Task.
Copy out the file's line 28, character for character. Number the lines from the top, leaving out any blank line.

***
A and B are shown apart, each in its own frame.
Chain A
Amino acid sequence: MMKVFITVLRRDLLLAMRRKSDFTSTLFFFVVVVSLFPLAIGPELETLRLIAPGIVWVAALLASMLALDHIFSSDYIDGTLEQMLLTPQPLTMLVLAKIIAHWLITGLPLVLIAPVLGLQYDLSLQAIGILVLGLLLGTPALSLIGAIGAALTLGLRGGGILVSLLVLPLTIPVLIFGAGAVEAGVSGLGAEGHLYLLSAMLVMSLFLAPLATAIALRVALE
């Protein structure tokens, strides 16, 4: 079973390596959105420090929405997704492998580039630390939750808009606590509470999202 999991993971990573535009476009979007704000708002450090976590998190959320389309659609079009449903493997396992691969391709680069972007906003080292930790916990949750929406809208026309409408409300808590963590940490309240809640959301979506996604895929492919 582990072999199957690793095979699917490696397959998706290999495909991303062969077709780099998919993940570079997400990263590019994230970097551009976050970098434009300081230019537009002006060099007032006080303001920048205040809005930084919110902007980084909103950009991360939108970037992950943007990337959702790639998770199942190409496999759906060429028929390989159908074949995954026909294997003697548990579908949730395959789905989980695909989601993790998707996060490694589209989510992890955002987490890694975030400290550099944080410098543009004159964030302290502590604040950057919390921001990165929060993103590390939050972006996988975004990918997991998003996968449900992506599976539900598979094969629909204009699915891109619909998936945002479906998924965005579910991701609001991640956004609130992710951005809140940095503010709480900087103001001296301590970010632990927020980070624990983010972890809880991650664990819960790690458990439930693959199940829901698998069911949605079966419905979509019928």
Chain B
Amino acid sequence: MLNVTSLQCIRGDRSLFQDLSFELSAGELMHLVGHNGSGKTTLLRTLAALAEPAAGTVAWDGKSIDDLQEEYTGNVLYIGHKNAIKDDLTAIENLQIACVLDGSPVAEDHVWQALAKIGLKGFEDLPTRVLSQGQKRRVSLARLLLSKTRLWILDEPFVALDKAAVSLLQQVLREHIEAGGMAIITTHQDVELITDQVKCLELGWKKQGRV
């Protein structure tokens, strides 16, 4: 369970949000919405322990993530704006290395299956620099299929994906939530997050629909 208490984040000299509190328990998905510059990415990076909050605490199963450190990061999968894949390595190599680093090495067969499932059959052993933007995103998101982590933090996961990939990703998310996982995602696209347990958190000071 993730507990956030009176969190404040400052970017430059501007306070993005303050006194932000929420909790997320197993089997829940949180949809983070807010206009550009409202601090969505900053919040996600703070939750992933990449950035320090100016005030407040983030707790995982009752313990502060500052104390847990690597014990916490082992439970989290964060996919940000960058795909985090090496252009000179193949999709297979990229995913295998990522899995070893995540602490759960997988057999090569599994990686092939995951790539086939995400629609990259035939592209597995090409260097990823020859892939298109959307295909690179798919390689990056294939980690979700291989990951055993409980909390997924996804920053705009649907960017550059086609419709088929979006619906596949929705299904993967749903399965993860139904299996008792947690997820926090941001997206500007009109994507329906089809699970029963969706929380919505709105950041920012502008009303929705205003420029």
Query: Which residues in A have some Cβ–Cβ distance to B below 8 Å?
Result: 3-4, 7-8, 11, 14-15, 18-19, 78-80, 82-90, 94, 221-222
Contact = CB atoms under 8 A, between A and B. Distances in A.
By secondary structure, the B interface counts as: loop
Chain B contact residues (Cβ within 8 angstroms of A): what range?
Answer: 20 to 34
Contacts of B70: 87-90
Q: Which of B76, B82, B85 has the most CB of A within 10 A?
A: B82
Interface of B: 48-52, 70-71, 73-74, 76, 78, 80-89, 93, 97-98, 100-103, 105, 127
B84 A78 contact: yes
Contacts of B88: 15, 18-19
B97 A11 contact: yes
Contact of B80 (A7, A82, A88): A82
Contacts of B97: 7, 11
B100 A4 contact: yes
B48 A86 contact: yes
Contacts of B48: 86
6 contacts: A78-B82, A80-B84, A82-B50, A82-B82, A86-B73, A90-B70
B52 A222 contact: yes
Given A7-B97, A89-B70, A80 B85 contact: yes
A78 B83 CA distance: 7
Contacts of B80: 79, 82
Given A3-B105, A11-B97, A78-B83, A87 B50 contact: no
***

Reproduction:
Given A7-B97, A89-B70, A80 B85 contact: yes